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Nation fell for Nobby Stiles as he danced with dentures in hand.. no 1966 hero will be remembered with greater affection

Godson egejuru

Oct. 31, 2020

HE was the self-styled half-blind dwarf who conquered the world in dentures.
And if Nobby Stiles was not the finest footballer of England’s 1966 World Cup winners, then few of Sir Alf Ramsey’s history men will be remembered with greater affection.
The image of a 5ft 6in Stiles deliriously jigging around the Wembley touchline with the Jules Rimet Trophy in one hand and his false teeth in the other, is a glorious snapshot of that golden summer of 54 years ago.
It is immortalised in Skinner and Baddiel’s Three Lions - ‘Bobby belting the ball and Nobby dancing’.
That line mentions the only two English footballers ever to have won both of football’s greatest prizes - the World Cup and the European Cup.
Those defeats of West Germany in 1966 and against Benfica at the same venue two years later, were both shared with his Manchester United team-mate Bobby Charlton.
Stiles was just 24 when England won the World Cup yet he looked a decade older.
To modern eyes, still shots of Stiles make him appear anything other than an elite footballer.
Yet watch video footage of Stiles in his pomp and it is clear he would have been an outstanding player in any era.
Toothless but ruthless, Stiles was so much more than a hard-tackling midfield destroyer - he was a wonderful passer of the ball with a box-to-box engine.
Ramsey was so fiercely loyal to Stiles that he threatened to resign as England manager midway through the 1966 campaign when the FA ordered him to be dropped after a hatchet job on France’s playmaker Jacques Simon in the group stage.
Stiles later recalled: “By all accounts the [FA selection] committee told him in no uncertain terms I couldn’t play, that England needed to make an example of me. I was a liability, they said.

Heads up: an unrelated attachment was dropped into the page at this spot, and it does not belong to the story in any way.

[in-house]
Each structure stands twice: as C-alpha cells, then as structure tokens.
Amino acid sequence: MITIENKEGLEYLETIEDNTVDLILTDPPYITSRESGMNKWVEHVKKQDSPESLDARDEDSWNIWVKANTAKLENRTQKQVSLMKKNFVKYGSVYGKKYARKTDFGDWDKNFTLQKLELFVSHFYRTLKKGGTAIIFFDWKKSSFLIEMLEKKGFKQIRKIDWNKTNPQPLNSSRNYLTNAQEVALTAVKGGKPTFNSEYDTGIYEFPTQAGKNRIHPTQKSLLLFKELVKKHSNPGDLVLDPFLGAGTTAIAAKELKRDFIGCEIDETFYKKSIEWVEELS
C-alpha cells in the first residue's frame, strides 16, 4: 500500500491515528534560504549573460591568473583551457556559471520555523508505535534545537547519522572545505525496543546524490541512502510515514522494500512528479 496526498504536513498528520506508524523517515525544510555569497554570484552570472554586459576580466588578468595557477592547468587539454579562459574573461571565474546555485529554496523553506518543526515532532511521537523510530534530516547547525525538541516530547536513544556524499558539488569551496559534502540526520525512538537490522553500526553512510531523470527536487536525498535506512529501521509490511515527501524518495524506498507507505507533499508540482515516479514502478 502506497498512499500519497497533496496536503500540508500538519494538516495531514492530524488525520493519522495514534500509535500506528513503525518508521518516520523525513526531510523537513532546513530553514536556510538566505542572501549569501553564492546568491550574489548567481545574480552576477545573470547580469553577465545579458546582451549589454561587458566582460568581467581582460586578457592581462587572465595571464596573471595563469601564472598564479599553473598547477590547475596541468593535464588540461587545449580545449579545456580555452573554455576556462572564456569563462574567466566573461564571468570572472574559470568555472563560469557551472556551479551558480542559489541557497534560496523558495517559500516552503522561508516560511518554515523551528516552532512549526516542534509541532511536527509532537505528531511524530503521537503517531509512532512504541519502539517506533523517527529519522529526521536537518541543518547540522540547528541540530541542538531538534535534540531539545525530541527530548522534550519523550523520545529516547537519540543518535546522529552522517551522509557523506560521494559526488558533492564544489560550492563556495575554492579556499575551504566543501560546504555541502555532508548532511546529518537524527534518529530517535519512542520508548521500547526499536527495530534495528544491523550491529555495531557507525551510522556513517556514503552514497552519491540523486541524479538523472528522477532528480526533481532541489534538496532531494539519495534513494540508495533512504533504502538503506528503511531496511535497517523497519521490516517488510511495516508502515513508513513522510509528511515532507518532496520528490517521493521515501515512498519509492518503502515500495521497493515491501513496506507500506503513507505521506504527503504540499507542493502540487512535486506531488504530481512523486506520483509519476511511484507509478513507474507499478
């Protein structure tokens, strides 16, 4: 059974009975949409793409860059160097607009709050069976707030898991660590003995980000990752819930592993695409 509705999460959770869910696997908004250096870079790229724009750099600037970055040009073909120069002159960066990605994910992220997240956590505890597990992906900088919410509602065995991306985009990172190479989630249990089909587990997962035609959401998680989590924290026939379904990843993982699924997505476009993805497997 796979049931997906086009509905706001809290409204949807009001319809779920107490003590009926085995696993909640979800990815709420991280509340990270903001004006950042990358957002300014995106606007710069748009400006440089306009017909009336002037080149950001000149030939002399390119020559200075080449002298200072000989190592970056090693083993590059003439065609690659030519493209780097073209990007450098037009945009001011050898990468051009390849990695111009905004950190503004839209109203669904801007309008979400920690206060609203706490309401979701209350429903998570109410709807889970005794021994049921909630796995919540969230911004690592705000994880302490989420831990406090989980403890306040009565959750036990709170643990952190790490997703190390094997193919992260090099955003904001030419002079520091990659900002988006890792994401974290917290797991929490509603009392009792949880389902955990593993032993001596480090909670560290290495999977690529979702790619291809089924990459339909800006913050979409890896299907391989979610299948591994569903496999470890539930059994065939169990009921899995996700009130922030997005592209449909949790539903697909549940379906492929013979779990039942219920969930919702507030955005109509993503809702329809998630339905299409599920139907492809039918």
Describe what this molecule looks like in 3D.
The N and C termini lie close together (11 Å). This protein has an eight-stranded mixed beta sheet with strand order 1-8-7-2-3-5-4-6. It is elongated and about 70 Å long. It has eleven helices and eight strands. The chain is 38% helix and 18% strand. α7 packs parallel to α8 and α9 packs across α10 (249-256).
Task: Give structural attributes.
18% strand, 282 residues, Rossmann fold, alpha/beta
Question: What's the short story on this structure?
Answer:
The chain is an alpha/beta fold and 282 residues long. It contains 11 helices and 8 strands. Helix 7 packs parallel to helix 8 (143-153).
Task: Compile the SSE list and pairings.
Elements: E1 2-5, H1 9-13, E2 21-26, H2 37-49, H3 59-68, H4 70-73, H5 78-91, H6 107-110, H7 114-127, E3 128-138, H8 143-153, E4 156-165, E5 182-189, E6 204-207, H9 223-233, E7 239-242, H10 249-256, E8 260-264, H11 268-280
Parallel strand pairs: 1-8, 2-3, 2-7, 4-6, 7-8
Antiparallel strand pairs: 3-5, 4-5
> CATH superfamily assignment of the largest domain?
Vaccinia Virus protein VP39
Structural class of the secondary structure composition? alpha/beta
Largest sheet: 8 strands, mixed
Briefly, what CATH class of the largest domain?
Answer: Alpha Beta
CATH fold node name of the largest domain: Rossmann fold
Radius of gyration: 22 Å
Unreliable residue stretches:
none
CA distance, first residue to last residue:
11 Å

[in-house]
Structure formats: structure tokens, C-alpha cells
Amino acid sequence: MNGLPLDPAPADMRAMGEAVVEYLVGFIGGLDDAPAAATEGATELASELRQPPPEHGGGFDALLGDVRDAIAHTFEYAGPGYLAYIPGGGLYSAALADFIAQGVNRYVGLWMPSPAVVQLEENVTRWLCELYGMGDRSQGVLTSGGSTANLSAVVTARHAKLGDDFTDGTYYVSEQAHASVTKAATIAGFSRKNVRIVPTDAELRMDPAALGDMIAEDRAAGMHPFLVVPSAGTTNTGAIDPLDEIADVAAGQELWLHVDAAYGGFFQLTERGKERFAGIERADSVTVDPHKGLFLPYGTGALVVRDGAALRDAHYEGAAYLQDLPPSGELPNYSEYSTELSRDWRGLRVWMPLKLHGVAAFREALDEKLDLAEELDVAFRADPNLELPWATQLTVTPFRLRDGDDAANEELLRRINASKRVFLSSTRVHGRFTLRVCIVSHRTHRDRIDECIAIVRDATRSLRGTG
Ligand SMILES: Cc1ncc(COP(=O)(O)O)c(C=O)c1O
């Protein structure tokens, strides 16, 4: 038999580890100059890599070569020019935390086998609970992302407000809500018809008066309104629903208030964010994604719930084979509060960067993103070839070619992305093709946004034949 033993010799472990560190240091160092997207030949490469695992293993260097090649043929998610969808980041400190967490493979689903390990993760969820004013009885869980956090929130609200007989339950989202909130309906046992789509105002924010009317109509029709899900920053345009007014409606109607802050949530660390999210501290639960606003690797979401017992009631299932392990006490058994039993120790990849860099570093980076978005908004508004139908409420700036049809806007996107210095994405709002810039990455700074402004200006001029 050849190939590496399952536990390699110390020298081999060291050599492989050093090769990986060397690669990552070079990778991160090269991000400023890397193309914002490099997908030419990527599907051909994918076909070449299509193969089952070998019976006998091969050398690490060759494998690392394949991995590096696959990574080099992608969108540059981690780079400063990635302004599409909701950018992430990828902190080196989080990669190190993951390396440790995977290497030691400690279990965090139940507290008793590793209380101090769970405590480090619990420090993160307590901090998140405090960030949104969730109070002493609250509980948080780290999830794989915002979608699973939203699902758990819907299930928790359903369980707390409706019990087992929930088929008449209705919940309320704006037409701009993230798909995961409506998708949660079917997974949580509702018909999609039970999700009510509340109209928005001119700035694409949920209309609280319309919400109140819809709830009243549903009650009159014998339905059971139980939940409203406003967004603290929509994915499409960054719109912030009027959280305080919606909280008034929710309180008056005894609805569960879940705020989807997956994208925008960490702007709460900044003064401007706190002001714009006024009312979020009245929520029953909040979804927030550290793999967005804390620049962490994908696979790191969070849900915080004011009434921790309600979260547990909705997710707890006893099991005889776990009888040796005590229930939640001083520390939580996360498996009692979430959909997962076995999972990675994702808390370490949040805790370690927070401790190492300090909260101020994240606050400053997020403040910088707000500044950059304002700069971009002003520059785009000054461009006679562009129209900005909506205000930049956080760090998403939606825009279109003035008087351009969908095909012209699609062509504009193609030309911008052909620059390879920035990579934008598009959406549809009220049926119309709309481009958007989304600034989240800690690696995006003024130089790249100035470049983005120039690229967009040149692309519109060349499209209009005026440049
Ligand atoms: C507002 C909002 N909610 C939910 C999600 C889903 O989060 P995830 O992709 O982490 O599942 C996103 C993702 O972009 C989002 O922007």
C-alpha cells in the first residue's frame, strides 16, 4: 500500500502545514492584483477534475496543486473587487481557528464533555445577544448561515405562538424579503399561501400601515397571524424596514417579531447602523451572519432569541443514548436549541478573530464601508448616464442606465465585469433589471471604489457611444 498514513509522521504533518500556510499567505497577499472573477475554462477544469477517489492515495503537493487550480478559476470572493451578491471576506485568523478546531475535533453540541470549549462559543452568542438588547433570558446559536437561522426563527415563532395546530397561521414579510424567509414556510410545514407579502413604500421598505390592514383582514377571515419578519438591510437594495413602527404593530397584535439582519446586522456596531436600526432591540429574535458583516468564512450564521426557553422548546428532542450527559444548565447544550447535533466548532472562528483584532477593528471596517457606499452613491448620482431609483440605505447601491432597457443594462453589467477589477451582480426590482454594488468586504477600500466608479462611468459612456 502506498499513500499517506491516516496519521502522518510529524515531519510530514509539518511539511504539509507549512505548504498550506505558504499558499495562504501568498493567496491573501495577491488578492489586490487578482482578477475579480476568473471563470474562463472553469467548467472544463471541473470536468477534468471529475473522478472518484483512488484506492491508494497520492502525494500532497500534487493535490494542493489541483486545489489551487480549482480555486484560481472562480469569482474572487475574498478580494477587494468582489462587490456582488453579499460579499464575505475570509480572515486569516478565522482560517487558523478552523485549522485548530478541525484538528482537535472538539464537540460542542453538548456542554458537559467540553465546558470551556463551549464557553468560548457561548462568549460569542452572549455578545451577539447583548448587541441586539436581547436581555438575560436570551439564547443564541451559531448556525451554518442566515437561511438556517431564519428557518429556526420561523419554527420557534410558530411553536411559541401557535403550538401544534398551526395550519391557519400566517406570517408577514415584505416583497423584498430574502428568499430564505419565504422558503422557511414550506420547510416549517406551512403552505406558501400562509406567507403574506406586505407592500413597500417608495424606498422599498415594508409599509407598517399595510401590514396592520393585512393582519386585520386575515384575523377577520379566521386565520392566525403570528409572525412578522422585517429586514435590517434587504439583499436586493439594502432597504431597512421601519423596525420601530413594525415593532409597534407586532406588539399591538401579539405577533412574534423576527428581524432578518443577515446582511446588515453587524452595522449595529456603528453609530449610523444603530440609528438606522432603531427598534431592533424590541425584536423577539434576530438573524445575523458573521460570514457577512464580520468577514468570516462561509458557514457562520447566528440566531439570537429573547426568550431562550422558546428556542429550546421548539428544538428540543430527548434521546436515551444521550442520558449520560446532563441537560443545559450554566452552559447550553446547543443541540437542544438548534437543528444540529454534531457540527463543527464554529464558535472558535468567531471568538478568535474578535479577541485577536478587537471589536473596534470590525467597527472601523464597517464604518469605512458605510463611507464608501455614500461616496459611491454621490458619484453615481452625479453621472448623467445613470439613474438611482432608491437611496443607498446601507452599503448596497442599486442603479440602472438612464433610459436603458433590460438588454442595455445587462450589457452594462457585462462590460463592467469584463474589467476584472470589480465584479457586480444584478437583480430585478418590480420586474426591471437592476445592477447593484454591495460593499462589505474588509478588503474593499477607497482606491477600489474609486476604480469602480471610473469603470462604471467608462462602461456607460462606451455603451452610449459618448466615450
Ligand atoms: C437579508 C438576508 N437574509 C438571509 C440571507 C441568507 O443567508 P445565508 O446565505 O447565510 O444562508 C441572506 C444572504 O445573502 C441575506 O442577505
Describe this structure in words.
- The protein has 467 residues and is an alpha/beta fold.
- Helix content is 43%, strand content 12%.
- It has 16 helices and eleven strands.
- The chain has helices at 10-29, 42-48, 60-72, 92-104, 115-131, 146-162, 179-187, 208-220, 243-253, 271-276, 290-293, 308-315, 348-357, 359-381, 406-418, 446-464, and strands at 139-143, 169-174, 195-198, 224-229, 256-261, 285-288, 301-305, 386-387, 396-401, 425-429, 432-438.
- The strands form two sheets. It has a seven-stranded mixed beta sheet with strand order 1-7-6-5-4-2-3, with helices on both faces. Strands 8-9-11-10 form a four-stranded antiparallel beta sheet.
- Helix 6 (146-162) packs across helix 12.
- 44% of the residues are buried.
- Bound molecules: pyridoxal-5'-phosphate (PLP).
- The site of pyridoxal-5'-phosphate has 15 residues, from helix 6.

“Alf told them he’d resign if he couldn’t pick who he wanted. He was prepared to resign in the middle of a World Cup over me. I never found that out till he’d died, Alf. What a man.”
Ramsey won his power struggle and Stiles played his full part in the quarter-final victory over Argentina - a full-on war of a match in which England could easily have succumbed without their little combat hero.
Stiles’ man-marking job on Eusebio in the semi-final nullified the threat of the Portuguese talisman - as was so often the case, Stiles relished the dirty work while his United team-mate Charlton grabbed the glory with two goals.
“My job was to win it, give it to Bobby and let him get on with it,” said Stiles.
With 28 international caps, Stiles was the least capped of Ramsey’s glory boys - he scored his only England goal against West Germany in 1966 but in a friendly five months earlier.
Stiles played 395 times for United, winning two league titles as well as the European Cup, then played for Middlesbrough - where he would briefly partner a young Graeme Souness in a midfield that had little time for compromise.
He later played for and managed Preston, had a brief spell as boss of West Brom and coached at United under Sir Alex Ferguson .
Yet he was happy to admit he would always be chiefly remembered for 1966, friends of his grandchildren asking him: “Hey, you, you’re the fella with no teeth who danced round Wembley, aren’t you?”
Stiles’ death at the age of 78 means just four of Ramsey’s World Cup winning starting eleven are still with us - Bobby Charlton, Geoff Hurst., Roger Hunt and George Cohen.
During the last two and half years alone we have lost Ray Wilson, Gordon Banks, Martin Peters, Jack Charlton and now Stiles.
And English football did not look after its greatest heroes as it should have done.
Like many of his team-mates, Stiles auctioned off his medals and memorabilia to aid his family - he had three children with wife Kay, the sister of another midfield legend, Johnny Giles.
In his later years, Stiles suffered from prostate cancer as well as dementia, his family critical of the lack of support for this condition, so heavily linked with the heading of heavy old-school footballs.
Now Stiles will be honoured with silences in an era when football stadiums are too silent always.
He deserved greater aid from the football family in times of illness.
And he deserves the roar of the crowds in packed stadiums to properly commemorate him.
Because Stiles was English football’s great cult hero - the earthy, unlikely-looking man-of-the-people, the ‘heart and soul’ of that 1966 team, according to Hurst.
He tackled like thunder, he danced like a madman and he brought untold joy to all England.
Not bad for a myopic midget with dodgy dentistry. Not bad at all.
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